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Lady Fu Hao was a queen, general and high priestess of the Shang dynasty in Eastern China during the 13th Century BCE.

Fu Hao first became known when she married the Shang king, Wu Ding, and became one of his 60 wives. Fu Hao took advantage of the semi-matriarchal slave society to ascend through the ranks of the royal household, gain a leading position in the Shang army and become Wu Ding’s most favoured wife.

As a warrior Fu Hao gained notoriety for her efforts against the Tu-Fang, who despite having been fierce rivals of the Shang for generations were completely defeated by Fu Hao in a single decisive battle. She went on to become the Shang’s most powerful military leader commanding a force of 13,000 soldiers with several other generals in service to her. She led successive military campaigns against the neighboring kingdoms of the Yi, Qiang and Ba. The last of these involved her leading the earliest recorded ambush in Chinese history.

Like other war chiefs Fu Hao was granted a fiefdom of land from the territories she conquered, from which she derived her own income. She was also an active politician and spiritual leader, acting as an adviser to the king and performing religious rituals as a high priestess. These were unusual roles for a woman at the time and reflected the faith that Wu Ding placed in her.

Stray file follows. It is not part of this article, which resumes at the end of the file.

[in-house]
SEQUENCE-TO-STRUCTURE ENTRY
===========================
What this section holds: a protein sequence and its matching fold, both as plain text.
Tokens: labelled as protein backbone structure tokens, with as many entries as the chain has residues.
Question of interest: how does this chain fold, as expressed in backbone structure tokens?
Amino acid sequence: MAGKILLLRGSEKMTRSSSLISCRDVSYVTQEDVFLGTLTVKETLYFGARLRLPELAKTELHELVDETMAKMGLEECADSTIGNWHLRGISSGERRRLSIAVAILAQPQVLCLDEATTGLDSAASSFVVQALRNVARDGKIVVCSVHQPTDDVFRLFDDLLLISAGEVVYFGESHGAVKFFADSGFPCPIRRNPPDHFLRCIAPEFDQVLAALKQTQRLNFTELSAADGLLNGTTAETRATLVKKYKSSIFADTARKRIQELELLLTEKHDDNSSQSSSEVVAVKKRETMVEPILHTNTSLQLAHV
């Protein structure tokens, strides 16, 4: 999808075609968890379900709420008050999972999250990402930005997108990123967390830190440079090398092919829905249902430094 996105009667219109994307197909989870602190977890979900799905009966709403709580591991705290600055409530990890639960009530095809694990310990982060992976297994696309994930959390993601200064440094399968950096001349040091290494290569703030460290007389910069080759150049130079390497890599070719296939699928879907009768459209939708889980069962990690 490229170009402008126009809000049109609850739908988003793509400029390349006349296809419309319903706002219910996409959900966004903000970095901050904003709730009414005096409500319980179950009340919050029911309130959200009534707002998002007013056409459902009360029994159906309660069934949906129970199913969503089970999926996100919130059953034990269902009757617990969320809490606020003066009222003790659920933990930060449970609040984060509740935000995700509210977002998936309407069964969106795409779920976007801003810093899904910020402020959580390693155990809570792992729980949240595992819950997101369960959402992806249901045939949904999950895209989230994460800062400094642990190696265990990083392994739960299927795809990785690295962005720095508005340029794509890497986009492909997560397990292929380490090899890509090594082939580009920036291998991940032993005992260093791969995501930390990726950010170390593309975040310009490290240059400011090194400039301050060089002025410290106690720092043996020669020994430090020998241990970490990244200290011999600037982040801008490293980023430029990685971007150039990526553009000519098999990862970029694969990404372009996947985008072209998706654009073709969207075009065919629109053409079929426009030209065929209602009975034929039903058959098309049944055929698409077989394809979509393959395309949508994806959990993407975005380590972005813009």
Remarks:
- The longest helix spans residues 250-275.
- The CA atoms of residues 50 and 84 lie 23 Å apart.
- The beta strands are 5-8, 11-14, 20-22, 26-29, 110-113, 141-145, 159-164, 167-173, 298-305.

Following Fu Hao’s death the Shang’s military dominance weakened under attacks by the Gong, causing Wu Ding to make repeated sacrifices and prayers to Fu Hao’s spirit to defend them against invasion. Over the centuries Fu Hao’s accomplishments descended into myth and many historians did not believe that she had really existed until her tomb was uncovered at Yinxu in 1976. The tomb contained detailed records of her life on oracle bone, as well as an arsenal of weapons including battle-axes bearing her personal inscription.

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The Natural History of Dragons

With their enormous size, reptilian shape and threatening teeth and claws, some dragons might easily be taken for cousins of Tyrannosaurus rex. Living dinosaurs did not inspire the dragon idea–they died out long before people were around to observe them. But the fossil remains of extinct animals have sometimes been taken for dragon bones–and helped perpetuate old dragon stories.

  • Long before the development of paleontology, people unearthed fossilized bones in Asia and Europe–and believed they had found the remains of dragons from an earlier age.
  • In traditional Chinese medicine, longgu, or “dragon bones,” are prescribed as a treatment for numerous ailments, from madness to diarrhea and dysentery. Most fragments and powders sold in Chinese pharmacies as dragon bone come from fossil remains of extinct mammals, unearthed from China’s renowned fossil beds.
  • The skull of a woolly rhinoceros (Coelodonta antiquitatis) was once kept in the town hall of Klagenfurt, Austria. It was said to be the remains of a dragon slain before the city was founded around AD 1250.

Learn more about the history of dragons around the world